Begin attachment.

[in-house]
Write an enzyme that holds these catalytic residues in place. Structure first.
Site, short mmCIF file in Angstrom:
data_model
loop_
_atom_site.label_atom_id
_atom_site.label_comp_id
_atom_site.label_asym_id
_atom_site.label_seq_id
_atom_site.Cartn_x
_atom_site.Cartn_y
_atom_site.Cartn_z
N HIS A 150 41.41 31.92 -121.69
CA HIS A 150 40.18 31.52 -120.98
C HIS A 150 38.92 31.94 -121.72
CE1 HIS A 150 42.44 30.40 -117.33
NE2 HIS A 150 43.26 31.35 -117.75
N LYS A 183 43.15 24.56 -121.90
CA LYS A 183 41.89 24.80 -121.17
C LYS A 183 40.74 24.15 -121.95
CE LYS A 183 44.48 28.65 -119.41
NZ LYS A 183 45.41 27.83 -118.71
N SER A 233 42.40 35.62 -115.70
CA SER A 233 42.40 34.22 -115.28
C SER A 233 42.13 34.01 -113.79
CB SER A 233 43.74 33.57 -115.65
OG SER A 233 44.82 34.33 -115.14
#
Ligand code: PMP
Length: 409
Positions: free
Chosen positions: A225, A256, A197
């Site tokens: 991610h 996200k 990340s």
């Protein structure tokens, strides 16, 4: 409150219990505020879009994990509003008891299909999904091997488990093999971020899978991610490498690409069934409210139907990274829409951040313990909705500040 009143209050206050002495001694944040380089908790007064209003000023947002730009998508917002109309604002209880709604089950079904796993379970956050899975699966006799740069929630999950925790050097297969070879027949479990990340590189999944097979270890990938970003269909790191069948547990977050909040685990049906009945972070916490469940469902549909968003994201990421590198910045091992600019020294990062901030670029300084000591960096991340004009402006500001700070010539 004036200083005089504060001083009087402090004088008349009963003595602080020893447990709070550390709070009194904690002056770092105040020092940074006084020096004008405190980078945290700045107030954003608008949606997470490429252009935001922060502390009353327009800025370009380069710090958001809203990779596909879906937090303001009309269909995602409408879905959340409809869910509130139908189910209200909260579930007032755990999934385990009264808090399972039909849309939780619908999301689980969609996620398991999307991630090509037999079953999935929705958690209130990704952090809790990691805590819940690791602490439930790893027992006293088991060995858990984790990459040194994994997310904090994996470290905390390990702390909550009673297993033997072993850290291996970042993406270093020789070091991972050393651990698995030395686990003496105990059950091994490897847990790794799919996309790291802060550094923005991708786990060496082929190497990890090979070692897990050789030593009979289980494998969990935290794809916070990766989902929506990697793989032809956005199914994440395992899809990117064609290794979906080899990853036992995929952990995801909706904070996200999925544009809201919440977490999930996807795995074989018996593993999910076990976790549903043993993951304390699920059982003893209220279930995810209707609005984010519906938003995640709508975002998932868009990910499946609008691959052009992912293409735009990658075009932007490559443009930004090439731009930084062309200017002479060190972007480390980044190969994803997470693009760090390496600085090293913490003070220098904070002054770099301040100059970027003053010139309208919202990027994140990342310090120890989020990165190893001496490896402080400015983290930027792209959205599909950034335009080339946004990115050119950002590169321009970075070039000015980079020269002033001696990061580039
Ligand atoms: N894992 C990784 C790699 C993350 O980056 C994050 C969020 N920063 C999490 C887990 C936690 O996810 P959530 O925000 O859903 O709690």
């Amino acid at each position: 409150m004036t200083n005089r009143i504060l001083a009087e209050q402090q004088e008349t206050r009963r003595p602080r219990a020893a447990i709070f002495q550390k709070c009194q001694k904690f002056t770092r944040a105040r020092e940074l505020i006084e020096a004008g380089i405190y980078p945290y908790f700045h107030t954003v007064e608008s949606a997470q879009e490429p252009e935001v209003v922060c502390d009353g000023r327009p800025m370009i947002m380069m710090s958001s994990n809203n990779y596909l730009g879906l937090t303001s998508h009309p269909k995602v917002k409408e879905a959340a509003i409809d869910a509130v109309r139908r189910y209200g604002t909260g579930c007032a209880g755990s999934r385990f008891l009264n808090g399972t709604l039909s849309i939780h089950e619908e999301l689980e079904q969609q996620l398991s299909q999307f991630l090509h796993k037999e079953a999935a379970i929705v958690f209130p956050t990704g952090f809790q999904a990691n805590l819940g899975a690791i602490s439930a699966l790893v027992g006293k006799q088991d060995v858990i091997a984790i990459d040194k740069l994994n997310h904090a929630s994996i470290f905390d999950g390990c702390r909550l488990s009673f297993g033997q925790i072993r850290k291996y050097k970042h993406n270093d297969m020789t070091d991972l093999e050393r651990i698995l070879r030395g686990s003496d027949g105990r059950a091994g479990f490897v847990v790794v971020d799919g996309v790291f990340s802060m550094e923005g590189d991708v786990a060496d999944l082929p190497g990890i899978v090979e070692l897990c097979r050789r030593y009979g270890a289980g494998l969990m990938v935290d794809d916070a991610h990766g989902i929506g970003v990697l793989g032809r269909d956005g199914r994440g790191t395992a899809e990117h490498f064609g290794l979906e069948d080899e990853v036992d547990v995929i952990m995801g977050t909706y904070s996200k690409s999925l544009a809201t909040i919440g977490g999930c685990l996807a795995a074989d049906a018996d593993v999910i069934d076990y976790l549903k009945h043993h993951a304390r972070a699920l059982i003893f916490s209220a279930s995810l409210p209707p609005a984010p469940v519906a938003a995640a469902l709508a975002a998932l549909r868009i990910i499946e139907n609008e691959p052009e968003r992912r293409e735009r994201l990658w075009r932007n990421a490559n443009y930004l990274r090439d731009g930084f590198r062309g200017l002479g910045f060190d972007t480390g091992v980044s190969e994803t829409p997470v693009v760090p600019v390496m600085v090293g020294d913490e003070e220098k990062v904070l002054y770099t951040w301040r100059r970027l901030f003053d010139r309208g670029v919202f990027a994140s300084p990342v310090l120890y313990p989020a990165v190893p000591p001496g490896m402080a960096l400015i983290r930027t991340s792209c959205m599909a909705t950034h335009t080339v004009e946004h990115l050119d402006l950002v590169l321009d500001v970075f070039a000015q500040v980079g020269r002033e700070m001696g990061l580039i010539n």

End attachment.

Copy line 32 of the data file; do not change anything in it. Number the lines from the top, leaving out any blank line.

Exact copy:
Chosen positions: A225, A256, A197